Scottsdale police officer Brent Patterson pulled his car into a parking lot at Scottsdale Road and Shea Boulevard and drove slowly up to a nightclub in full hip-hop swing at 10 p.m. on a recent Friday.
"This is our major spot," Patterson said as he drove near the Buzz, 10345 N. Scottsdale Road. "Seems like we get a lot of fights out of this place."
Scottsdale police, who already heavily patrol the city’s hopping downtown night scene about five miles to the south, say more and more their resources are being reassigned for temporary duty in the area of Scottsdale Road and Shea Boulevard.
Over the past year, police were called 400 times for incidents at or near the eight nightclubs and bars in the area, said John Cocca, Scottsdale’s deputy chief of police. Calls include unruly drunks, damaged cars, public urination, traffic collisions and fights.
"The number of calls for service that we are getting that specifically causes us to raise our eyebrows is the Buzz," he said.
The hip-hop nightclub, which is open only a few nights a week, had 270 calls for police service to its address last year, Cocca said. In comparison, the nightclub with the next highest number of police responses in that area logged 41 calls, he said.
Deputy city manager Ed Gawf said the number of calls alone is not conclusive evidence that the Buzz is a problem bar. But "it clearly is an indicator that we need to take a closer look," he said.
The manager and owner of the Buzz did not return repeated phone calls from the Tribune.
When police respond to the nightclub, typically it is for something taking place in the parking lot.
Most incidents inside the Buzz and other nightclubs are not reported to police because off-duty Maricopa County sheriff ’s deputies work at many of those businesses, though some bars, such as the Devil’s Martini, have private security. Off-duty deputies take reports and file them through the sheriff’s office, Patterson said.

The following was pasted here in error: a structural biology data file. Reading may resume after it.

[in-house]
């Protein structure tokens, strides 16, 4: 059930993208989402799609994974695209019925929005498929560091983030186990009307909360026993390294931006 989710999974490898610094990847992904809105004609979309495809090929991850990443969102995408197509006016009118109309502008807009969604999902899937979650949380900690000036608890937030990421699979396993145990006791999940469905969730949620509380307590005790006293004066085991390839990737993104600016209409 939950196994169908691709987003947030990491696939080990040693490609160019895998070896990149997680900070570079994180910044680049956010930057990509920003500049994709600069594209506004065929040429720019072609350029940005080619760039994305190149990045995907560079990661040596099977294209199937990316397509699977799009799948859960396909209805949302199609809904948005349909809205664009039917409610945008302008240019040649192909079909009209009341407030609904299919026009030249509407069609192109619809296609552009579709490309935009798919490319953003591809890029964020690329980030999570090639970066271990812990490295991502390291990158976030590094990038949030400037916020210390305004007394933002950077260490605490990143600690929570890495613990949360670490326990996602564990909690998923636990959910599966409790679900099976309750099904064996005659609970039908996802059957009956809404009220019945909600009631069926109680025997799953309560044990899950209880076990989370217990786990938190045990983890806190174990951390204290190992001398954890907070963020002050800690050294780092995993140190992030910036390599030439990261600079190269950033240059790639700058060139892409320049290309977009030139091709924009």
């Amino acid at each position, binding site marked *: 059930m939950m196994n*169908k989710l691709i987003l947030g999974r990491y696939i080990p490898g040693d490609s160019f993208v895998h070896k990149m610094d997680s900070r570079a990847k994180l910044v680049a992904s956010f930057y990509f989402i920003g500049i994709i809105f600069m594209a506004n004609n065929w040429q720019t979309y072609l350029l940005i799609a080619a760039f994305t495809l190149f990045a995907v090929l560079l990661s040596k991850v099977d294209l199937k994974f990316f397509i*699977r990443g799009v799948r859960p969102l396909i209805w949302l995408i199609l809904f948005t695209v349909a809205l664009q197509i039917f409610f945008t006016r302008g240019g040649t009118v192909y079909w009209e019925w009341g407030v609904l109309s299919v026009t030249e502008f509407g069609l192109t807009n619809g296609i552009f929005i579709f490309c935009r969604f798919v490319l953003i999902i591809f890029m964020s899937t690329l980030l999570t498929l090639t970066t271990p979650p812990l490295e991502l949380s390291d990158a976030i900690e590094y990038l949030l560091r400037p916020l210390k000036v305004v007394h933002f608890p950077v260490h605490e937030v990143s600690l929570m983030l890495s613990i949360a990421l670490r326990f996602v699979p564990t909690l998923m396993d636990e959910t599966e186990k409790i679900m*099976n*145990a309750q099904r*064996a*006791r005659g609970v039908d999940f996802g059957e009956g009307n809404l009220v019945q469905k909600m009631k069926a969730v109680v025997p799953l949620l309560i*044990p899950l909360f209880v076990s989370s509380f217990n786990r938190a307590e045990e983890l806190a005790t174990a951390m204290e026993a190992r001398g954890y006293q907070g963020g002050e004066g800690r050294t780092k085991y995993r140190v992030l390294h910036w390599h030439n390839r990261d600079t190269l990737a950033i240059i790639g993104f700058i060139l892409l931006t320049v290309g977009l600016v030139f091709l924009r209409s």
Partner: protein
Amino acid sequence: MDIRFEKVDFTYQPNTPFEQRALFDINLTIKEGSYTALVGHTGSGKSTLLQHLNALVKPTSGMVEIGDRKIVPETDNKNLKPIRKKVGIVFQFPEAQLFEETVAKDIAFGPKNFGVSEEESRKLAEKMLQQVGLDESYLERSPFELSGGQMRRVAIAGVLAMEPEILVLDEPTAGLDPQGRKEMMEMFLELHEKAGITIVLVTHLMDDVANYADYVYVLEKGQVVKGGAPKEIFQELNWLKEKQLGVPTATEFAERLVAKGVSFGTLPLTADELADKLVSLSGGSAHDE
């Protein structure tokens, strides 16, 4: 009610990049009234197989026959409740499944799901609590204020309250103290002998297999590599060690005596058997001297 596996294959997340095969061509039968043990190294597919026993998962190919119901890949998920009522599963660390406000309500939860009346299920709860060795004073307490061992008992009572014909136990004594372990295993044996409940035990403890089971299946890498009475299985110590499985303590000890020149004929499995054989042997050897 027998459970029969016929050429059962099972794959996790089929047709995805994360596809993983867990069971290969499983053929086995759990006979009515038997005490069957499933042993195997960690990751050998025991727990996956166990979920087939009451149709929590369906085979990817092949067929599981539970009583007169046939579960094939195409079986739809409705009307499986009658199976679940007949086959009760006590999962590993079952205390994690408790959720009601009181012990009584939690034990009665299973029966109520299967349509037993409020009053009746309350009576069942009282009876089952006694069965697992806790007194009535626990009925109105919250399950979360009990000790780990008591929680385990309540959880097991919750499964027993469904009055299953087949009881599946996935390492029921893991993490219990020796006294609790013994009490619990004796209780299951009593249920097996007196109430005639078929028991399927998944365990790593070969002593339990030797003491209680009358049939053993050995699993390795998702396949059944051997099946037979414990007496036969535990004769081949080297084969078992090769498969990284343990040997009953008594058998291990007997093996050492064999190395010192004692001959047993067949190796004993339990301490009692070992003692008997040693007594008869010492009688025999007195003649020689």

Under state law, all establishments with a liquor license must report violence on their premises. The Buzz filed one such report with the Arizona Department of Liquor Licenses and Control in August, when a man was cut under the right eye in a fight with another man. The Buzz was not fined by the state agency for any violations in 2003, though it has been cited in previous years for infractions that include failing to report violence and serving alcohol to minors.
Scottsdale leaders have been taking a harder look at the growing nightclub industry and the costs tied to it, both in terms of city resources and the effect on businesses and landowners nearby.
Gawf said the city recently started requiring conditional use permits for any proposed bars, which means the owners have to get the City Council to approve comprehensive plans about the establishment’s parking, security, strategy for dealing with noise, etc.
"So, part of it would be that we can supply the required resources — police, sanitation or whatever — as well as to make sure it is not having a negative impact on other land uses," Gawf said.
The city also has created a new position — a night-time code enforcement officer — whose responsibilities include monitoring nightclubs and bars for compliance with municipal regulations, he said.
Then there is the law enforcement aspect. Police Chief Alan G. Rodbell has said an ongoing deployment study of his department should shed more light on how many patrol officers need be assigned to certain sections of the city.
Meanwhile, commanders of Scottsdale’s three police district have to borrow each other’s resources. For instance, Cocca said, the police department’s bicycle squad, typically assigned to the downtown and special events, has been spending more time in the Scottsdale Road and Shea Boulevard area at the request of that district’s police commander.
"It’s not as compact as the downtown (nightclub scene). But you still have to be sure we are providing the best public safety as possible," Cocca said.